It was not a dark and stormy night. The clock said it was eight in the morning but you would never know it by looking out the window this morning. Time for pancakes!
I had an open container of pumpkin puree in the fridge, this is October and Thanksgiving weekend to boot, so why not stir up something magical, or at least try and hope the buckets and brooms don’t get out of hand. That was a Fantasia reference, just in case I was being too obscure. Oh my, now I am going off topic. Speaking of things getting out of hand, Elaine Altman, one of my readers came across the funny below and sent it to me this morning.
I hope it was a recipe for Devil’s food cake. She said it made her think of the My Kitchen Wand Facebook page. Thank you, Elaine!… I think?
Okay, back to pumpkin pancakes. I will admit I am rather fond of whole wheat buttermilk pancakes and I had all the ingredients pulled out before my conscience got the better of me and I opted for a different road.
I don’t have a gluten intolerance but I do think that the conditions in the wheat industry have supported looking for more nutrient rich options. The pumpkin puree in these pancakes create the moistness you would find in a chocolate zucchini loaf, pumpkin bread or applesauce cake and using rolled oats changes up the food values.
You will need:
1/2 cup pumpkin puree
2 Tbsp. buttermilk ( fill to overflowing )
1/2 vanilla extract
1 tsp. honey or maple syrup or molasses or brown sugar
1 tsp. butter
1 Tbsp. bacon, chopped. optional
1/2 cup rolled oats, scant
2 Tbsp. pecans for the grinder
1 Tbsp. pecans finely chopped, optional
1/4 tsp. soda
1/4 tsp. salt
1/4 tsp. cinnamon
1/4 tsp ginger
1/8 tsp. nutmeg
1/8 tsp. cloves
As I gathered my ingredients, I thanked Asiaq for the lovely weather that allowed a pancake morning. Asiaq is a Northern Canadian & Greenland deity who is responsible for weather in Inuit traditions. ” In my kitchen, filled with care, I welcome, Water, Fire, Earth, Air “. Ground…breath… focus… begin.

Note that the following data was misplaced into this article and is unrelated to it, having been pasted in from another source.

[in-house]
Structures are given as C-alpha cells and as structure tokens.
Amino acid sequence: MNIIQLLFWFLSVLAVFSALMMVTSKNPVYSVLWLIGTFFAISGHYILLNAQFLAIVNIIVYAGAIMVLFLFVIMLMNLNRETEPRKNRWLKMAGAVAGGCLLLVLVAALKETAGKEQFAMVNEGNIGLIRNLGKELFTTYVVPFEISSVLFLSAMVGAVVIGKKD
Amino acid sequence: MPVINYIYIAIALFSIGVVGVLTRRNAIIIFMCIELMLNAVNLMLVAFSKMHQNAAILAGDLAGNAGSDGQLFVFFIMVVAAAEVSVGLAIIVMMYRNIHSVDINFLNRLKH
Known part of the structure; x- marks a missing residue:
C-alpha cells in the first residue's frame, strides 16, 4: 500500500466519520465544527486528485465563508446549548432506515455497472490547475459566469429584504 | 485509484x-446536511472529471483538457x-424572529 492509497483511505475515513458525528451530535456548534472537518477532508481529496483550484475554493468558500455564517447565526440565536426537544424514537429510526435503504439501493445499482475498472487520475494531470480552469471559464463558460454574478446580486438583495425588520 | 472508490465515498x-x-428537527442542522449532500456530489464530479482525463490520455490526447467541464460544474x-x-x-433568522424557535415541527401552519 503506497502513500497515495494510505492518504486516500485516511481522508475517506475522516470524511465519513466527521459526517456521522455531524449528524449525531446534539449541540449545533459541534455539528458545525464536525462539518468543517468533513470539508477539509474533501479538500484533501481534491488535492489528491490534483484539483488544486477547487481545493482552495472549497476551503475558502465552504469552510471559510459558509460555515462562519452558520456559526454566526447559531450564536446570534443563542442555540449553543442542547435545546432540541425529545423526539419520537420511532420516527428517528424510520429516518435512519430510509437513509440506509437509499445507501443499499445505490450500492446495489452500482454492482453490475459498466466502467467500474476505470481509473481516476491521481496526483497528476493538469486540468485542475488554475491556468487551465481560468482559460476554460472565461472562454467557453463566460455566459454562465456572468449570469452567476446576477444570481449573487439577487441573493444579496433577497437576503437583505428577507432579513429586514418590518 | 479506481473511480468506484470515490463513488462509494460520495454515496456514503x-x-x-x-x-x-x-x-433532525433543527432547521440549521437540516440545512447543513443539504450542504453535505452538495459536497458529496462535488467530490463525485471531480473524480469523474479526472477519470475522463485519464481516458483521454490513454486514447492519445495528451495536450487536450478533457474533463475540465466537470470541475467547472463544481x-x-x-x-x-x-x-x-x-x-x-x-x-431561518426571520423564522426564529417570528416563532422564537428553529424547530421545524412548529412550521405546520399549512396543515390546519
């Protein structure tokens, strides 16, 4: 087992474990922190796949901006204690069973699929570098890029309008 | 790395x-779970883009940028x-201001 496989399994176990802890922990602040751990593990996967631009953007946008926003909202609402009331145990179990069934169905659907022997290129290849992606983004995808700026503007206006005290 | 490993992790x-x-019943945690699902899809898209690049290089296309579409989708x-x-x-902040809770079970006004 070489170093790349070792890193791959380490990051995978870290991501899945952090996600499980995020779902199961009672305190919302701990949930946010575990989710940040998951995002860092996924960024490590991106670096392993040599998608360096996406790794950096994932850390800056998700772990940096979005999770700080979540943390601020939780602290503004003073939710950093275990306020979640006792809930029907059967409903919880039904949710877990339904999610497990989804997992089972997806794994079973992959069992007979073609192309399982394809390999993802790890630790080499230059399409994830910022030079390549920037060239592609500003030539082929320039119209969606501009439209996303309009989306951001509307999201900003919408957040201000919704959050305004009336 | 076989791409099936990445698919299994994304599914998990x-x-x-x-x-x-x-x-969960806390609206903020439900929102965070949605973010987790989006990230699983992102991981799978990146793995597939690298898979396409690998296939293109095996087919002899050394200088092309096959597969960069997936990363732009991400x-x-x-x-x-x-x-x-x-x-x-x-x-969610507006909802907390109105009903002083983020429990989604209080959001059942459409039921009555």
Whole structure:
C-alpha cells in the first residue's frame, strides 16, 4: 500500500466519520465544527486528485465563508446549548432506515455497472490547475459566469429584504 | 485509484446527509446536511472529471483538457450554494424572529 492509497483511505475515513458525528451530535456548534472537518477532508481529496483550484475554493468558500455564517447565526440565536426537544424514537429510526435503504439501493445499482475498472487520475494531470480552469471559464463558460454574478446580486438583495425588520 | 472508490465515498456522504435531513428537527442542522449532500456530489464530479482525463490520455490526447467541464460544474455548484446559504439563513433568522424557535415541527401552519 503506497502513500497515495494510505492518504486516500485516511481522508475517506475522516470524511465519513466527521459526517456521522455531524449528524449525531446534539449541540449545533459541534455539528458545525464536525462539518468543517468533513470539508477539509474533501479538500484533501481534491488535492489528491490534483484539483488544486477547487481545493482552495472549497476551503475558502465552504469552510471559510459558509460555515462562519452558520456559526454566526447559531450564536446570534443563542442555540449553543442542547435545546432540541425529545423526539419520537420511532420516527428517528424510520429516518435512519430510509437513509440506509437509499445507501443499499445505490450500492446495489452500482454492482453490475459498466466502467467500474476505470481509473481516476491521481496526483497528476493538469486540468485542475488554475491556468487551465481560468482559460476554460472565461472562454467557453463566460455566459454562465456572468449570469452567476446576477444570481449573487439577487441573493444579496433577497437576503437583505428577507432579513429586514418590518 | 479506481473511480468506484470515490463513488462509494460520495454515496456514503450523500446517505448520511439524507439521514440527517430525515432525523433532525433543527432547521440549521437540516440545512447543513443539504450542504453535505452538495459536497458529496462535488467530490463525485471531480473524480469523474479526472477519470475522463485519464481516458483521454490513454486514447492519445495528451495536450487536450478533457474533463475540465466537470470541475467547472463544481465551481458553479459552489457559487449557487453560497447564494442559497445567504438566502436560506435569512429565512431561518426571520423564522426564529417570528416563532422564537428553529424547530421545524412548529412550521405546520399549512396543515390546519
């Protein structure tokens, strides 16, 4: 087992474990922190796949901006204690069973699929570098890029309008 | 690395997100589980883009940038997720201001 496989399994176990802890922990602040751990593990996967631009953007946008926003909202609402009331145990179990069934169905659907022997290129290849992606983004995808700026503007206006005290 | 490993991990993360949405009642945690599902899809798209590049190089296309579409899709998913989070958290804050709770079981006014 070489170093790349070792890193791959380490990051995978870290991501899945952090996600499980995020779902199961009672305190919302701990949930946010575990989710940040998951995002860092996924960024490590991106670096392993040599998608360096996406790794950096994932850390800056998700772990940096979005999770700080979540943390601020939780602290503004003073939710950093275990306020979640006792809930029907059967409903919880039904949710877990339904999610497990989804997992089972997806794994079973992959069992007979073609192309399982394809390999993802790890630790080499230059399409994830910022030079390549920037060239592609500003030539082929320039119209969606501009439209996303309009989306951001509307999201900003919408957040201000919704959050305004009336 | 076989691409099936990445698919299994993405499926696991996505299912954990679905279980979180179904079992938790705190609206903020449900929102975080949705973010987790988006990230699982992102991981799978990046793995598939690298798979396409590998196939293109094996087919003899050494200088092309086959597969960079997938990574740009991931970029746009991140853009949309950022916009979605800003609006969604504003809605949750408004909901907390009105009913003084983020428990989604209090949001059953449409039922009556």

I had chopped, partially cooked bacon in the fridge so popped a tablespoon into the pan I was going to use for cooking the pancakes and added the butter while the pieces released a little more of their fat. It is also possible to start the bacon from scratch, in which case, there is no need to add butter.
In truth, I would also leave out the bacon the next time I make these but that is a personal preference. I enjoyed the bites without the bacon more than the ones with as there was too much contrast for me between the salty bacon and the rest of the pancake. A rasher or two of crisp bacon can always be served on the side.
Place the oats and 2 Tbsp. pecans into a grinder and pulse until powder like. If you have oat flour in your pantry feel free to substitute. It wasn’t in mine and as long as you are not using quick oats but proper rolled oats, all will be good.
Not all rolled oats are equal though. If you are choosing gluten free for medical reasons, please make sure that the oats have been processed in a gluten free environment. It will say so somewhere on the packaging.
Add bacon and juices to the wet ingredients, stir.
Mix the wet ingredients into the dry ones just until moist and then allow the batter to rest for 5 – 10 minutes.
This will allow the baking soda to begin working and the moisture to soften the oat mixture.
Reheat the frying pan to medium and place enough batter in the pan to make a three inch circle. This batter is thick and you will need to use the back of the spoon to smooth it out and widen the perimeter.
Because it is thick you will not be able to tell when the pancakes are done by the bubbles popping and staying open. I paid attention to the edges and when they has dried out and I could get a spatula underneath easily, I flipped them over. Generally pancakes cook on the second side for half the time of the first and you might find that cooking times will shorten as you go through the batch of batter, if the frying pan is not fully warmed before starting to cook.
Once cooked, serve immediately with butter and maple syrup or place in a warming oven until all the batter is used up and serve all together. Maple syrup is a better alternative than maple flavoured syrup and is an excellent source of manganese but it is still high in sugar content so use in moderation.
These are moist, light and filling. Nice for a cold morning when there is no need to rush out the door. I don’t have that heavy feeling in the pit of my stomach, I get sometimes with pancakes and my body is happy, happy for the nutrients that go way beyond what a buttermilk pancake would have supplied.
Tip: If you don’t have buttermilk in the house, use regular milk and add 1/2 tsp. of either lemon juice or vinegar.
This recipe made 6 pancakes, enough for two non ravenous people with some fresh fruit, milk or coffee and no place to run off to on a dark and stormy Saturday morning.
Oat Pumpkin Pancakes with Bacon & Pecans ( Gluten free ) from My Kitchen Wand